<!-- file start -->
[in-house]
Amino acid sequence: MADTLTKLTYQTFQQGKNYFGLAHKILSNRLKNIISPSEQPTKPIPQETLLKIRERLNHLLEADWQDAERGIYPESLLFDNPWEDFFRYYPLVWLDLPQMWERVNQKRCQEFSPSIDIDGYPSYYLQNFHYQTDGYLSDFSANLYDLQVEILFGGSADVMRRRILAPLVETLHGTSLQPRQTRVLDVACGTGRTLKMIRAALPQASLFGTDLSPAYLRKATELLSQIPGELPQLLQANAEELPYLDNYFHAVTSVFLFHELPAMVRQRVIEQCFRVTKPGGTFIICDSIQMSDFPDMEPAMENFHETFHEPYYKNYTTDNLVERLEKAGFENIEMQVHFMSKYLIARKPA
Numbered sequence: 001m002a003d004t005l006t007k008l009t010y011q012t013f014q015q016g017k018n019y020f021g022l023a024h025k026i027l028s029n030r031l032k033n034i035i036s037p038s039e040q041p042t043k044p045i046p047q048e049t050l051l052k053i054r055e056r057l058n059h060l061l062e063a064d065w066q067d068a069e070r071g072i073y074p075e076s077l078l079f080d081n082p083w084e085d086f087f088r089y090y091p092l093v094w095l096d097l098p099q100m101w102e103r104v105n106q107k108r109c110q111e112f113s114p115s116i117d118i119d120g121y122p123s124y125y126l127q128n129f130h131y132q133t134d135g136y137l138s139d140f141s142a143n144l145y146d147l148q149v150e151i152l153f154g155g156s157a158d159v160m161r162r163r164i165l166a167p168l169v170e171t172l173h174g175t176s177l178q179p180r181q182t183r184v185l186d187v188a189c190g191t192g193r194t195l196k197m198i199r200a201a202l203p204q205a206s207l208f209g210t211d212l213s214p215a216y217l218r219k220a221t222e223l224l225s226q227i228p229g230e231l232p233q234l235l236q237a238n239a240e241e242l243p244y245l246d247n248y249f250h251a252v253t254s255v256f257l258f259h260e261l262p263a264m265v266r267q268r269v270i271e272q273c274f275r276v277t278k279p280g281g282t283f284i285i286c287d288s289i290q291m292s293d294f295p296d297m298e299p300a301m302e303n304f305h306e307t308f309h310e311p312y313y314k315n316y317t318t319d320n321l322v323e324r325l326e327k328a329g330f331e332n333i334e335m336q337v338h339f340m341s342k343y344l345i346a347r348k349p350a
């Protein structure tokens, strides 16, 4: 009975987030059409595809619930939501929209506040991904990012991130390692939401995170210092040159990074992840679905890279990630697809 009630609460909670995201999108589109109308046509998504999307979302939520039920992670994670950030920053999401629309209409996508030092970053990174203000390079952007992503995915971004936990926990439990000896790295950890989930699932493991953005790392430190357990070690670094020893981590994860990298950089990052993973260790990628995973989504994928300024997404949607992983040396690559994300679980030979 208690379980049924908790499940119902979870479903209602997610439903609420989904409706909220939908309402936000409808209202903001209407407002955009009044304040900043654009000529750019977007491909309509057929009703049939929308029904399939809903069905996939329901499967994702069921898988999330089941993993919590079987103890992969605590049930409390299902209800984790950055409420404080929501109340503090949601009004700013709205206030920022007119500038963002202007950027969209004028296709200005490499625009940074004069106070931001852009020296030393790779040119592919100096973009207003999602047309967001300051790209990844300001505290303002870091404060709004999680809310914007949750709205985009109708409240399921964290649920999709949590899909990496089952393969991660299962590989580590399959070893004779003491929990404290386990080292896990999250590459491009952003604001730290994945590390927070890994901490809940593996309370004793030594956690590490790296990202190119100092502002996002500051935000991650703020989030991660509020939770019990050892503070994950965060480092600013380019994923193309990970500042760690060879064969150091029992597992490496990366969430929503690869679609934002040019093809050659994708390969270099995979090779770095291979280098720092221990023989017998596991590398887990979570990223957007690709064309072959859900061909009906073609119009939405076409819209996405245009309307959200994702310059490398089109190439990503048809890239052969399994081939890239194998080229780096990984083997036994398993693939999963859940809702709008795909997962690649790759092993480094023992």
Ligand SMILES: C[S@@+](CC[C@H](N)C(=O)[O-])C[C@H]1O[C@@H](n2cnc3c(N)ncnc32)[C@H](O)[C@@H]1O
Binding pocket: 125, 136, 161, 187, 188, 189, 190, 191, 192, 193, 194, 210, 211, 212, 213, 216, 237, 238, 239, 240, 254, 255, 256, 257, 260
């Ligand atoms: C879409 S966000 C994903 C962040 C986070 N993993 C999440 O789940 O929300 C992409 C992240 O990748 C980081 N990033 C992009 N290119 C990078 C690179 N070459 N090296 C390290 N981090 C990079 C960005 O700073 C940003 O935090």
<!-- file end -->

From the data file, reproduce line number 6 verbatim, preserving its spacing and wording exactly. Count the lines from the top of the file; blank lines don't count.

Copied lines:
Binding pocket: 125, 136, 161, 187, 188, 189, 190, 191, 192, 193, 194, 210, 211, 212, 213, 216, 237, 238, 239, 240, 254, 255, 256, 257, 260